Recruiting youth and child soldiers – from Africa to Manchester

In the previous article, we looked at the use, and simplistic portrayal of, child soldiers in conflicts around the world. In this article, we examine the historical issues, and look at the contemporary problems of child soldiering.


In an incisive essay for Aeon magazine, Malcolm Harris wrote precisely on this issue of child soldiers. Entitled ‘Is the Child Soldier anything more than a tragic victim?’, Harris explores the shifting and simplistic definitions of child soldiers. Indeed, he points out that throughout the history of the West (at least, those societies that we historically link with the West), militarised youth were considered to be an acceptable part of any conflict. Harris cites examples of child soldiers that we hold up as virtuous heroes until today – Alexander the Great began his career of conquest as a 16-year old leader of Macedon; Clausewitz, the Prussian military author and general, joined the army at 12.

Joan of Arc was a fighting adolescent, and is today revered in France for her courageous military role in the Lancastrian phase of the Hundred Years War. Joan of Arc was canonised as a Roman Catholic saint; Lord Nelson, the British general and hero of the Battle of Trafalgar, began his career as a child soldier in the Navy.

If we are to adapt a literal interpretation of the Old Testament, then we would have to conclude that King David, revered as an ancestor of the future messiah, was himself a boy of fifteen when he fought Goliath – today, he would be classified as a child soldier. You would be hard put to find one conflict throughout history where the use of militarised youth – at least adolescents -was not a normal and acceptable feature. Harris summarises the findings of Professor Mark Drumbl, who wrote a book in 2012 called Reimagining Child Soldiers in International Law and Policy. Drumbl examines the historical role of child soldiering, and looks at the fact that the presence of children fighting in a military capacity was regarded as a sign that their cause was just, positive and blessed by God.

Drumbl explains the findings of his research in this video presentation. He makes observations that Western audiences would find surprising – most the world’s child soldiers are adolescents, usually between the ages of 15 and 17. The majority of the world’s child soldiers are not forcibly conscripted or abducted – about two-thirds of militarised youths volunteer to fight for one side or another. Volunteering can come about in various ways – familial ties to a group, social pressures to defend your community against hostile forces, signing up to join political movements to achieve specific political goals such as in conflicts in Latin America and today among the Syrian Kurds of Rojava.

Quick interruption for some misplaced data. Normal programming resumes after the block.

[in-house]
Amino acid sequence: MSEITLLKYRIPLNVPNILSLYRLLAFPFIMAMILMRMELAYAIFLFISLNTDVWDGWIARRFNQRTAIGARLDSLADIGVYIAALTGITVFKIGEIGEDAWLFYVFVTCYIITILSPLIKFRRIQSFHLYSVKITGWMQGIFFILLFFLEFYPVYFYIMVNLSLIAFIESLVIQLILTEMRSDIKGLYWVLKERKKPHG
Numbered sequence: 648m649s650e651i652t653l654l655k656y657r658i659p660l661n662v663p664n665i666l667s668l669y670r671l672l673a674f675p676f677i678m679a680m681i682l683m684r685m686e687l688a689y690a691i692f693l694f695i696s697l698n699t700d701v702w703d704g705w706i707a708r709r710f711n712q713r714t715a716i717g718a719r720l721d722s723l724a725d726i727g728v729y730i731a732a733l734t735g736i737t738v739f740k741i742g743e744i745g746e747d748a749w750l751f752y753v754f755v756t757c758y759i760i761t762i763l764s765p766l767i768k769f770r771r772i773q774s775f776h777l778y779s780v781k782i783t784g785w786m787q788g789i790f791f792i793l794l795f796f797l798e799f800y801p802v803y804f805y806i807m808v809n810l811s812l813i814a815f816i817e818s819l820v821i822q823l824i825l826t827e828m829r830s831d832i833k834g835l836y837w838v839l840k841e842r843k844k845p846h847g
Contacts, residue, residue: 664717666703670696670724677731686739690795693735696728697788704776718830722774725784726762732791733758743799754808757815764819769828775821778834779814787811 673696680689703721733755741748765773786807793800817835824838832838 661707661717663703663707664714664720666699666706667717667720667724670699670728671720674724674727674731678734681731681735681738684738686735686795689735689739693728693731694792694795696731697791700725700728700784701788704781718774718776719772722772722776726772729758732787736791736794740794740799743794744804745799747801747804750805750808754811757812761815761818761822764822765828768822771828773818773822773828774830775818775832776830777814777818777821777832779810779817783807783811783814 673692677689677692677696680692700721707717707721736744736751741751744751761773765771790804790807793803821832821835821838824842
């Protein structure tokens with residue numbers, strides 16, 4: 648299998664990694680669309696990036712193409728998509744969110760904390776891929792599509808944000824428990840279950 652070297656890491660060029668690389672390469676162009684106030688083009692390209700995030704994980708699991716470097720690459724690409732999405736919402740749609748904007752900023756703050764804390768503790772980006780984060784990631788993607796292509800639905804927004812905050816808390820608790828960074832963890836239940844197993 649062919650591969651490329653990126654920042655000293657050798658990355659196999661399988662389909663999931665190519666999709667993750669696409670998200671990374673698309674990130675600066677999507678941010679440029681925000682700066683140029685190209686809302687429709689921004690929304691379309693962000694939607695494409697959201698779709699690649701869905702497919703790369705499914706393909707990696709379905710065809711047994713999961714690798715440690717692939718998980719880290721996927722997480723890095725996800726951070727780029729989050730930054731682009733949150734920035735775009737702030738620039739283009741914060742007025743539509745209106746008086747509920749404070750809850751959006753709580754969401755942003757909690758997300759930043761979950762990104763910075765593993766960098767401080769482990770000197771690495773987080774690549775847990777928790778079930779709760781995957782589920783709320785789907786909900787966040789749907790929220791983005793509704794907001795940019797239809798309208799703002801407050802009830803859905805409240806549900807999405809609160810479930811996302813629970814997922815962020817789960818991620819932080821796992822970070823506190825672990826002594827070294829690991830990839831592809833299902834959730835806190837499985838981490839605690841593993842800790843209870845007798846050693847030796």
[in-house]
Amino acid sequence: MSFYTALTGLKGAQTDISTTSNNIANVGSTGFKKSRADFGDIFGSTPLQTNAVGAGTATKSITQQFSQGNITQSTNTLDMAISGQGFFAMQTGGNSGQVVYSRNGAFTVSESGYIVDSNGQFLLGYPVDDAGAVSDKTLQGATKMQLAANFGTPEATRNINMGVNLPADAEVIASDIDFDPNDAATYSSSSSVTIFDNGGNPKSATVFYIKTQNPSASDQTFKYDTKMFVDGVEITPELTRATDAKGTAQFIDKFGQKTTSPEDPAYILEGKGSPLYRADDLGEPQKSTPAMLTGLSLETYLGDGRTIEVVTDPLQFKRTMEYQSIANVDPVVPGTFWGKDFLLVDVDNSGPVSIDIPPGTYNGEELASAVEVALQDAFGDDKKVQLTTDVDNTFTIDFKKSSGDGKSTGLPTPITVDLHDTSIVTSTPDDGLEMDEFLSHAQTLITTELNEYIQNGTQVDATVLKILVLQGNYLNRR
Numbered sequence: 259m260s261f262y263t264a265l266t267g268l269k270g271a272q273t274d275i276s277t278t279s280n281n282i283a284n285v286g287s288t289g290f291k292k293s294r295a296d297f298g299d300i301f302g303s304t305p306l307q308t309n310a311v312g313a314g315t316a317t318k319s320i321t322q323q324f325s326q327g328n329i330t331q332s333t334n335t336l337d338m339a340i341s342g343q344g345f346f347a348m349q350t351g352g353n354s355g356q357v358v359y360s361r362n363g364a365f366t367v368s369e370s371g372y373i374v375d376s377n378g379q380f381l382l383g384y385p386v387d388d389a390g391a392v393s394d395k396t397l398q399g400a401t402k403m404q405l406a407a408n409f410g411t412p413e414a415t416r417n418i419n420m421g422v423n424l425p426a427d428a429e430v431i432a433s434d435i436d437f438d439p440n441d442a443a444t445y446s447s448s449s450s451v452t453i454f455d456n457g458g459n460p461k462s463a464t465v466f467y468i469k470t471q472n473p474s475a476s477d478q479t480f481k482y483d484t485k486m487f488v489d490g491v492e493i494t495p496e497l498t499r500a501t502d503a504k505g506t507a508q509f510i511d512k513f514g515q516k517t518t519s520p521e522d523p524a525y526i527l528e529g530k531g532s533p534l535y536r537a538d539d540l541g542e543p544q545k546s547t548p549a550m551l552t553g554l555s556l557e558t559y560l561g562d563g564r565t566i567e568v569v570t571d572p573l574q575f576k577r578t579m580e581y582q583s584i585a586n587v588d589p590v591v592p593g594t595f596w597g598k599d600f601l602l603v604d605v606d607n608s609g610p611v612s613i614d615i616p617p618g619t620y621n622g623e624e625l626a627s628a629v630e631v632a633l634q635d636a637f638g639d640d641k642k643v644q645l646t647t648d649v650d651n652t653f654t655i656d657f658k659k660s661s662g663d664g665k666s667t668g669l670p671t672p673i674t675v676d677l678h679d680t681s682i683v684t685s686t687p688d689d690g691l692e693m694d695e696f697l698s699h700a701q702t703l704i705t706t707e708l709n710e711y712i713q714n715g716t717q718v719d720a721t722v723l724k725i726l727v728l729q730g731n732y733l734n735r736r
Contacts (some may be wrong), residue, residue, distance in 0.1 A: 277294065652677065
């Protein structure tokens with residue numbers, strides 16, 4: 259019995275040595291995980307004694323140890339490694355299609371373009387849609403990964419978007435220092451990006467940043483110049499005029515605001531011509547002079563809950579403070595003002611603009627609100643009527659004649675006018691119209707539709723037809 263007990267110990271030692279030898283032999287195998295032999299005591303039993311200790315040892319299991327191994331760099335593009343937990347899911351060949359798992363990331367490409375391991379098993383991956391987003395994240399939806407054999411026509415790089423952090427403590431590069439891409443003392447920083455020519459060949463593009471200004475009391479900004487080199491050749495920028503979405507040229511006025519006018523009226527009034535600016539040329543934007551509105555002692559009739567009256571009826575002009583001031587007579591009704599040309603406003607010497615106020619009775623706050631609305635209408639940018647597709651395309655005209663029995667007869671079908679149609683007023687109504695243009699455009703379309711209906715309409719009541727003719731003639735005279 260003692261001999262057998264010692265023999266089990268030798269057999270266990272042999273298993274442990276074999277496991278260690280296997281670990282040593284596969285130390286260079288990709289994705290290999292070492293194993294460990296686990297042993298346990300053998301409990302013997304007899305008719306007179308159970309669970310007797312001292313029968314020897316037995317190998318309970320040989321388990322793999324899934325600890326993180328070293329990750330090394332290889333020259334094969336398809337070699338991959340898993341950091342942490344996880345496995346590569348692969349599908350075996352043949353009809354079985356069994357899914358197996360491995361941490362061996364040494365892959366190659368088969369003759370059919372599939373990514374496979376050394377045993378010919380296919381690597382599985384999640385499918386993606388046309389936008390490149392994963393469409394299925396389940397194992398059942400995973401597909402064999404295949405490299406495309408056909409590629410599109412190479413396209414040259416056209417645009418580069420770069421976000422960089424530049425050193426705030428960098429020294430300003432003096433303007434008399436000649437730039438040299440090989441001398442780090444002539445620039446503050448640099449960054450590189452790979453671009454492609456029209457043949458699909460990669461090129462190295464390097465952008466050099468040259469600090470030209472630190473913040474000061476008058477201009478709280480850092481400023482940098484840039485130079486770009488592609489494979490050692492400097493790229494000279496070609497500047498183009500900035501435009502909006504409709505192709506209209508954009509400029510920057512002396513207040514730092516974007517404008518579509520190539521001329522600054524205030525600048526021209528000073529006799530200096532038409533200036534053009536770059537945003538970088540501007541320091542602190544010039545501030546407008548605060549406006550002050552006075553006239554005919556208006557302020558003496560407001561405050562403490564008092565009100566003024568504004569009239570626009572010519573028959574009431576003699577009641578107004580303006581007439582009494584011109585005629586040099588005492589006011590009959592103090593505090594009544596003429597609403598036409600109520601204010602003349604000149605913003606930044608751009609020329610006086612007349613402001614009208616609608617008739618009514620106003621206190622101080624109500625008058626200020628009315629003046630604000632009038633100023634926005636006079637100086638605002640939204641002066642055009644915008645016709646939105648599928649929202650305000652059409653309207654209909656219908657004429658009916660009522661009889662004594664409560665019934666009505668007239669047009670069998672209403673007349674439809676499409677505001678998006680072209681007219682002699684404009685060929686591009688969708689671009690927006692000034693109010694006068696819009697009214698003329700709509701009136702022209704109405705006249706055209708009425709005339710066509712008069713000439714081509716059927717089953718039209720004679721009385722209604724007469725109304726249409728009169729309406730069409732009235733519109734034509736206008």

Indeed, during the 2011 uprising in Libya, when anti-Gaddafi militias rose up in rebellion, the youth in that country – and Libyan exiles outside – joined in military activities to oust the Gaddafi regime. Salman Abedi, the Manchester suicide bomber, began his military activities as one of many British Libyans sent with the approval of the British authorities to join that conflict in 2011. Abedi would have been only 15 or 16 at the time – an officially sanctioned child soldier.

He fought, along with thousands of other youths, in a campaign officially supported by the imperialist states, such as Britain and France. The NATO bombing of Libya did materially assist, among others, the youthful anti-Gaddafi child soldiers fighting as part of a wider campaign against the regime. No qualms about child soldiering here.

The use of child soldiers was not always regarded as an act of criminality, immediately condemning the practitioners with international disgrace. It is interesting to note that during the Cold War, Hollywood made a film called Red Dawn (1984), an account of a fictional Soviet invasion of the United States. In that film, the heroic protagonists are a group of courageous American adolescents, who take up an underground guerrilla war against the foreign invaders – in other words, child soldiers.

The Wolverines, named after their school mascot, had no moral dilemmas or anxieties about taking up arms against a foreign occupying force. The writers and producers of that movie may not have realised it, but they did predict the future – but not in the way they intended.

In 2003, in the immediate aftermath of the American invasion of Iraq, the occupying US forces did face stubborn resistance by, among other groups, the Fedayeen Saddam, the paramilitary and youth wing of the former Ba’athist Iraqi regime. These child soldiers – formerly known as Saddam’s Lion Cubs – were the Iraqi equivalent of the Wolverines in the fictional story. These child soldiers, all grown-up today and facing the marginalisation of Sunni Iraqis from the current post-2003 sectarian political setup, are ironically lending their skills and expertise to the ISIS militia.


If boy soldiering is portrayed as the province of the drug-induced demon-bandit, girl child soldiers are represented as vulnerable to the threats of sexual violence. There is great truth in this depiction – young girls are exploited for sexual purposes around the globe, and it is a serious problem. There are guerrilla groups and state-military forces who recruit on the basis of threatening sexual harm to young girls. For instance, the former guerrilla outfit and current political party in Mozambique, Renamo, did forcibly abduct and recruit child soldiers. An anti-communist movement, it was started and financed by the former white Rhodesian intelligence service, and became a proxy army for Rhodesia, and later apartheid South Africa.